Cape Town has an innovative and progressive programme aimed at reducing negative interactions between white sharks and recreational water users - the Shark Spotter programme. Research by PhD student Tamlyn Engelbrecht, from the Department of Biological Sciences at UCT has just been published a paper in PLoS ONE which addresses the question of how this programme works effectively. The paper is also authored by Professor Justin O' Riain, Director of the Institute for Communities and Wildlife in Africa (iCWild), which is housed in the Department of Biological Sciences.
During the Early Jurassic, around 200 million years ago, small and agile two-legged carnivorous dinosaurs called theropods roamed the ancient landscapes. In southern Africa, we know of their existence from their rare body fossils but also, importantly, from their fossil footprints. Now a team from the Department of Geological Sciences at UCT led by Dr Lara Sciscio, has made a new discovery, which reveals unexpectedly that very large carnivorous dinosaurs with an estimated body length of between 8 to 9 meters (the size of a two story building) – lived in southern Africa too.
Four of the eleven new Fellows inducted into UCT's prestigious College of Fellows are from the Faculty of Science. They are: Professor Bruce Hewitson, Department of Environmental and Geographical Science; Professor Chris Reason, Department of Oceanography; Professor Peter Dunsby, Department of Mathematics and Applied Mathematics and Professor Peter Ryan, Percy FitzPatrick Institute of African Ornithology.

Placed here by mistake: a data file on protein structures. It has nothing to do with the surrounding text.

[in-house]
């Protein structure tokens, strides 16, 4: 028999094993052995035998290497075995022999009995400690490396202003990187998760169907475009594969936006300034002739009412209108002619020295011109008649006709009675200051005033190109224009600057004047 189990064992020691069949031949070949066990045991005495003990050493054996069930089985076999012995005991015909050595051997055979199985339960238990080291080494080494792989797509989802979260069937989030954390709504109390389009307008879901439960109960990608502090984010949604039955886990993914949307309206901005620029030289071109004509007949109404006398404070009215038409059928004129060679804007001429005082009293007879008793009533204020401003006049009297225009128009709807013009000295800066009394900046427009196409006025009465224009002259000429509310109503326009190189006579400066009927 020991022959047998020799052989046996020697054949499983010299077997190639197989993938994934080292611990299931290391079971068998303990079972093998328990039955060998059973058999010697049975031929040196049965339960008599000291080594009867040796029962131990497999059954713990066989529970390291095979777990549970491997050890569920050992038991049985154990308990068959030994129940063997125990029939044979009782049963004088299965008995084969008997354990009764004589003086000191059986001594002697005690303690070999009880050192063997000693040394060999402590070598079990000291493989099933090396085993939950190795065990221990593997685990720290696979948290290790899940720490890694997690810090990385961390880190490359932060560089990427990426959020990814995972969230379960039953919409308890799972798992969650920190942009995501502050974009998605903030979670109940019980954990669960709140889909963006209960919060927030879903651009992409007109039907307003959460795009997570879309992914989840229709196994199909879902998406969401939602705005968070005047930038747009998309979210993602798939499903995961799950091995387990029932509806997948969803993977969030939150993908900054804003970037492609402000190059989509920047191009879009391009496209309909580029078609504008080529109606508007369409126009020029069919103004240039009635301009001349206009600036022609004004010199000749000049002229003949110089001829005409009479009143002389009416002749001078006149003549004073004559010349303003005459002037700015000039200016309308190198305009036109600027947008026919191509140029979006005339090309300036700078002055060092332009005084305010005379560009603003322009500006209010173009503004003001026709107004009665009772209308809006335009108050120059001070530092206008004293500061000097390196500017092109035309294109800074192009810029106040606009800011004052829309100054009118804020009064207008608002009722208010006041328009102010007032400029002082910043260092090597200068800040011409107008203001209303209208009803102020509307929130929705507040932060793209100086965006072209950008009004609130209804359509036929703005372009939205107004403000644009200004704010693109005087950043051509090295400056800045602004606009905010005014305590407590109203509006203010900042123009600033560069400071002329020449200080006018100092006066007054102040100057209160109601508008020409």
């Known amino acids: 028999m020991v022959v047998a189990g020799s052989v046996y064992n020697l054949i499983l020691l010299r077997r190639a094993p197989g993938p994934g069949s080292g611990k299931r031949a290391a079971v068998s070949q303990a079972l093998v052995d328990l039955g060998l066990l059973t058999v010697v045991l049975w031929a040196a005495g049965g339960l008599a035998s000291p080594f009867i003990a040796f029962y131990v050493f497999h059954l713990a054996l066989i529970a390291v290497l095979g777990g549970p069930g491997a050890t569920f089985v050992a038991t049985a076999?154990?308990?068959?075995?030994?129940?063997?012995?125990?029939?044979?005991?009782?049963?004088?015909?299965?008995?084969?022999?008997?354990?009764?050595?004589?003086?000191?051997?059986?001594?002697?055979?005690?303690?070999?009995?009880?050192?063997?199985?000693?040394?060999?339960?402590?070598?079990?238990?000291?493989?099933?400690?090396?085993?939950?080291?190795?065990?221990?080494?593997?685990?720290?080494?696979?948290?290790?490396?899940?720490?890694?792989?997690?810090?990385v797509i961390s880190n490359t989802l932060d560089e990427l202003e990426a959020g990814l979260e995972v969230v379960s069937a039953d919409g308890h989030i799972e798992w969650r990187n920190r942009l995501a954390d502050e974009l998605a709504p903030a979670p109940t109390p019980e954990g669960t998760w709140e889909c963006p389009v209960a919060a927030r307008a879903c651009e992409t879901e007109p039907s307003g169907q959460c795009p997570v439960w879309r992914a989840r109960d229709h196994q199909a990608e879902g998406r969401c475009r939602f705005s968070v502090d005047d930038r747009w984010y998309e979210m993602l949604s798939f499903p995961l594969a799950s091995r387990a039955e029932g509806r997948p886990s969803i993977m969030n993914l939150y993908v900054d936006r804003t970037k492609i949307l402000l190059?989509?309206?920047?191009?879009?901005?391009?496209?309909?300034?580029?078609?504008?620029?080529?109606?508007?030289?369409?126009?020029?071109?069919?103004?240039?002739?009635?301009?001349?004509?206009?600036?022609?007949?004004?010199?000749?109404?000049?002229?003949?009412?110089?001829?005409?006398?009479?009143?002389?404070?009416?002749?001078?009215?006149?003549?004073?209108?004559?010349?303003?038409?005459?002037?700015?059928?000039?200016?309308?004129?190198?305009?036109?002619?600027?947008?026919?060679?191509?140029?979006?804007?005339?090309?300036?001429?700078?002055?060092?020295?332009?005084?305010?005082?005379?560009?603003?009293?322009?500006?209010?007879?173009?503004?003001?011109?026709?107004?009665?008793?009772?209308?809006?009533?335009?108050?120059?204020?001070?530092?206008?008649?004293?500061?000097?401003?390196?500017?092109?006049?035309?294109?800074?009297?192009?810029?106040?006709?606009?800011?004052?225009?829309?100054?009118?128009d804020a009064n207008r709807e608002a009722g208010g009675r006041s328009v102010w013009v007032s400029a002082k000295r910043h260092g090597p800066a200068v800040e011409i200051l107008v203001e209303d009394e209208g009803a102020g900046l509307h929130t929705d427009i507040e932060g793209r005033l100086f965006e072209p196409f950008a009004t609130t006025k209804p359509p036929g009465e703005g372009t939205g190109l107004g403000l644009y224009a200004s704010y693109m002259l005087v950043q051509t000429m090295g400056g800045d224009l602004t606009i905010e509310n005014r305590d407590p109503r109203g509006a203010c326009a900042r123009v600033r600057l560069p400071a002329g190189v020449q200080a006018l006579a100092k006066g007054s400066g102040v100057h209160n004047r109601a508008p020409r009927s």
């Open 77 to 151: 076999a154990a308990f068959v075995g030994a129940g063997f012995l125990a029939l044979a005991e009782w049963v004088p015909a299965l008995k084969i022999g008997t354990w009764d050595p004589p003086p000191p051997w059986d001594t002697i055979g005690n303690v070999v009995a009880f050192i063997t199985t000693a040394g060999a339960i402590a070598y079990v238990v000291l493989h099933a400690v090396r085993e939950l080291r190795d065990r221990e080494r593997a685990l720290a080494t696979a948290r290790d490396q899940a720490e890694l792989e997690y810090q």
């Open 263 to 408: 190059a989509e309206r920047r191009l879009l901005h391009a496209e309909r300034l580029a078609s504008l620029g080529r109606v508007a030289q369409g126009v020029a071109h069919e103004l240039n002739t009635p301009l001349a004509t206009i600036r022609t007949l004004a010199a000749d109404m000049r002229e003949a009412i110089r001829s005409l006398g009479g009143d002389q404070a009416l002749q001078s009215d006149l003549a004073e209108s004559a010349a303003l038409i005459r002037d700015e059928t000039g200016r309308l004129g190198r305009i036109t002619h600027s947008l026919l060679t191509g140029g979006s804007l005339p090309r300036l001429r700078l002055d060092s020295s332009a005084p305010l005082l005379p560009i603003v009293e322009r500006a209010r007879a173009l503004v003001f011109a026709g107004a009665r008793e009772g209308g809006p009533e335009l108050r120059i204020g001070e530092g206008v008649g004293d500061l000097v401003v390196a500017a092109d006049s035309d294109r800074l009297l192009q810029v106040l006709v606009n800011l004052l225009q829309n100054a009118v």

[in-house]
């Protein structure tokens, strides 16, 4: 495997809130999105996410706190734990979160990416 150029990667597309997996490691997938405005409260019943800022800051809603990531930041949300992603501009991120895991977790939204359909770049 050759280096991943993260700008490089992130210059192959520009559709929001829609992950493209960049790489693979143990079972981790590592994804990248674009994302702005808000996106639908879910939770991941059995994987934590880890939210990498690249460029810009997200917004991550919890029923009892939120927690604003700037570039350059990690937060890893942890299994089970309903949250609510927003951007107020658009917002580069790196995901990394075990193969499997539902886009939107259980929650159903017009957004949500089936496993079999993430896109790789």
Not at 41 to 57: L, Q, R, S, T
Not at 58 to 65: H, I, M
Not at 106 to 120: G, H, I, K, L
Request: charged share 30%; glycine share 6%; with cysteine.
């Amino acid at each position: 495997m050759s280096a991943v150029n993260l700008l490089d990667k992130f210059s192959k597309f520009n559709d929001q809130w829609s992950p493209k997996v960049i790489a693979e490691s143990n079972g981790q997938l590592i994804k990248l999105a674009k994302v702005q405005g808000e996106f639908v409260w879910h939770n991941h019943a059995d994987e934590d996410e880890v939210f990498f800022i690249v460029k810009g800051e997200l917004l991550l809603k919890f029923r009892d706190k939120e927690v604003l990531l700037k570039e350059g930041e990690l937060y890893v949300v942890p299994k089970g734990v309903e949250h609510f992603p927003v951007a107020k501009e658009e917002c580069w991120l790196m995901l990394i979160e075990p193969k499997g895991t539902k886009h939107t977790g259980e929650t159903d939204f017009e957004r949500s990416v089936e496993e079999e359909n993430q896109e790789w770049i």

Furthermore, two of the six recipients of the Young Researcher Award are also from the Science Faculty. They are: Dr Alvaro de la Cruz-Dombriz and Dr Juana Sanchez-Ortega, both from the Department of Mathematics and Applied Mathematics
For those who are truly lucky, there will be that one teacher that makes a life-long impact. ThinkDead Poets Society – an enigma in whose class you never fall asleep, where an hour passes in the blink of an eye and whose pearls of wisdom remain ensconced in memory for all times. Such a teacher opens your eyes to unimagined possibilities, pushing you to explore boundaries and tap into an intellectual reserve of curiosity. Professor George Branch from the Department of Biological Science, is one such rare soul.
Home to approximately 2 600 students, of which some 36% are postgraduate research students registered in the 12 academic departments – Archaeology, Astronomy, Biological Sciences, Chemistry, Computer Science, Environmental & Geographical Science, Geological Sciences, Mathematics & Applied Mathematics, Molecular & Cell Biology, Oceanography, Physics and Statistical Sciences.
Undergraduate teaching is a cornerstone of our activities and the Faculty offers 21 different majors, with possibilities to co-major in subjects located in other Faculties. Our majors are loosely organised into three clusters – those in the biology, earth and environmental sciences, those in the chemical and molecular sciences, and those in the numerical and physical sciences. Our Bachelor of Science degree leads naturally on to a number of different Honours degrees that relate to the undergraduate major(s) offered by the various departments.
The Faculty of Science prides itself on the high regard in which it is held by the international academic community, reflected in part by international world university and subject rankings. According to the latest QS rankings, the Science Faculty at UCT places in the band 51-100 top universities in the Earth and Marine Sciences and in the band 101-150 in the Biological and Environmental Sciences.
The Faculty prides itself on its strong teaching programmes, at both undergraduate and postgraduate level, and on the strength of its research enterprise. With well developed international links with researchers across the world, the Faculty is a major contributor to cutting-edge, globally relevant research. Anton le Roex Dean: Faculty of Science